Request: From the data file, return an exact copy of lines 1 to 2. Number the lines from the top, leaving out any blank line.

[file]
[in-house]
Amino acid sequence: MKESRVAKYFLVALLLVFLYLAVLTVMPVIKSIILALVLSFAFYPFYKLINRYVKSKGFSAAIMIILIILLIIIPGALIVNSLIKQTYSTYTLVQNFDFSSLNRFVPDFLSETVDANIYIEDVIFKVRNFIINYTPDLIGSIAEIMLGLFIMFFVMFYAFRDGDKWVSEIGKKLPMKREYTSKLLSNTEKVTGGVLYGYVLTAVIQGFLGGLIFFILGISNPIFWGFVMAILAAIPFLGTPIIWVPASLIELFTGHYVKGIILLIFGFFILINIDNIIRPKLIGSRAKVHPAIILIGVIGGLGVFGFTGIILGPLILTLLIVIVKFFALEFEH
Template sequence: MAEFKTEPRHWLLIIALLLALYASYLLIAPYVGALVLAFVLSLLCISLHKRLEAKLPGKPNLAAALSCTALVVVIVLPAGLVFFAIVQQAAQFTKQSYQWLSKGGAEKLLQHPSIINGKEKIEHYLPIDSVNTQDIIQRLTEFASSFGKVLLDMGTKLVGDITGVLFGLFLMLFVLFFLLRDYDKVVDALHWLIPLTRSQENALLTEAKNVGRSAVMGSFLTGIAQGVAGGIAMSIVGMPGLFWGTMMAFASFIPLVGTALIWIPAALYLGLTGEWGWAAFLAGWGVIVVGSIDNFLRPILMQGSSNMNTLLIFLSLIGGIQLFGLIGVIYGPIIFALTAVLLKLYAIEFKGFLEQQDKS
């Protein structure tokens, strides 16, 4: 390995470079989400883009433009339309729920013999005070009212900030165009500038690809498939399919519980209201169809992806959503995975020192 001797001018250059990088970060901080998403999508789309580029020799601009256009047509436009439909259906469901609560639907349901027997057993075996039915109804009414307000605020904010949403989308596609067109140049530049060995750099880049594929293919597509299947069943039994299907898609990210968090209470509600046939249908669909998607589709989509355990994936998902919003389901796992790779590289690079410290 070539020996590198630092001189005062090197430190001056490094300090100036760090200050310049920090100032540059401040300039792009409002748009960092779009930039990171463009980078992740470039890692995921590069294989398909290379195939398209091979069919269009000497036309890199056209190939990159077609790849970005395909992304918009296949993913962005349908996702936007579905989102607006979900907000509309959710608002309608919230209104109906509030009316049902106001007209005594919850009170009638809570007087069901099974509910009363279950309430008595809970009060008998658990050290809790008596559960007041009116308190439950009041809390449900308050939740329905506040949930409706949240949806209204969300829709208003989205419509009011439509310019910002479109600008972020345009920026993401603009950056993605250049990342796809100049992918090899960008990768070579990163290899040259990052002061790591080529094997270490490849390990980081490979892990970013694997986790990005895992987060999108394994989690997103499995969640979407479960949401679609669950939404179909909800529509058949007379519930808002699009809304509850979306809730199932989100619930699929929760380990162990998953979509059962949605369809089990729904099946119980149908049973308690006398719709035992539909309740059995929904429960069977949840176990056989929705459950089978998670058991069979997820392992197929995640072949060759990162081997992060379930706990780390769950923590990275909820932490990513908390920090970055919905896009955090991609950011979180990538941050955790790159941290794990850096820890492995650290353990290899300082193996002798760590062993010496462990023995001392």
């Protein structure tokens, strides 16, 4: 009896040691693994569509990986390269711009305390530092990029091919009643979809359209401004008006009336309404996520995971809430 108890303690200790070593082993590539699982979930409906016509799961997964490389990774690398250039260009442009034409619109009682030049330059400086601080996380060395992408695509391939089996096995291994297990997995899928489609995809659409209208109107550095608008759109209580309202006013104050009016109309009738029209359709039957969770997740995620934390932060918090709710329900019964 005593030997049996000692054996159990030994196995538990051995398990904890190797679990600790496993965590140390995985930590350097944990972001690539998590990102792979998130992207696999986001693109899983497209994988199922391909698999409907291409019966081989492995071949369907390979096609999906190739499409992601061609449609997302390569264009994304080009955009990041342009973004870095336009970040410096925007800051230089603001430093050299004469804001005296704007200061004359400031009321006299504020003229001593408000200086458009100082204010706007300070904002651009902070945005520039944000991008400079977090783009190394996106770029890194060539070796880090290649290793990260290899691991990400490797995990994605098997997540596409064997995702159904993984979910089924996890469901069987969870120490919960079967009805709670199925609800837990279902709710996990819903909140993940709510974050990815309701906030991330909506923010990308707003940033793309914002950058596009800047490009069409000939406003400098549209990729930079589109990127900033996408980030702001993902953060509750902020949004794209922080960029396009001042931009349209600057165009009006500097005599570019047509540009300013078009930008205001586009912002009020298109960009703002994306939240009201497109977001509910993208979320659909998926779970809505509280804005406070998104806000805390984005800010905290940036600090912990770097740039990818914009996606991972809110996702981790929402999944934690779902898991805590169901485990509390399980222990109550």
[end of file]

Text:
[in-house]
Amino acid sequence: MKESRVAKYFLVALLLVFLYLAVLTVMPVIKSIILALVLSFAFYPFYKLINRYVKSKGFSAAIMIILIILLIIIPGALIVNSLIKQTYSTYTLVQNFDFSSLNRFVPDFLSETVDANIYIEDVIFKVRNFIINYTPDLIGSIAEIMLGLFIMFFVMFYAFRDGDKWVSEIGKKLPMKREYTSKLLSNTEKVTGGVLYGYVLTAVIQGFLGGLIFFILGISNPIFWGFVMAILAAIPFLGTPIIWVPASLIELFTGHYVKGIILLIFGFFILINIDNIIRPKLIGSRAKVHPAIILIGVIGGLGVFGFTGIILGPLILTLLIVIVKFFALEFEH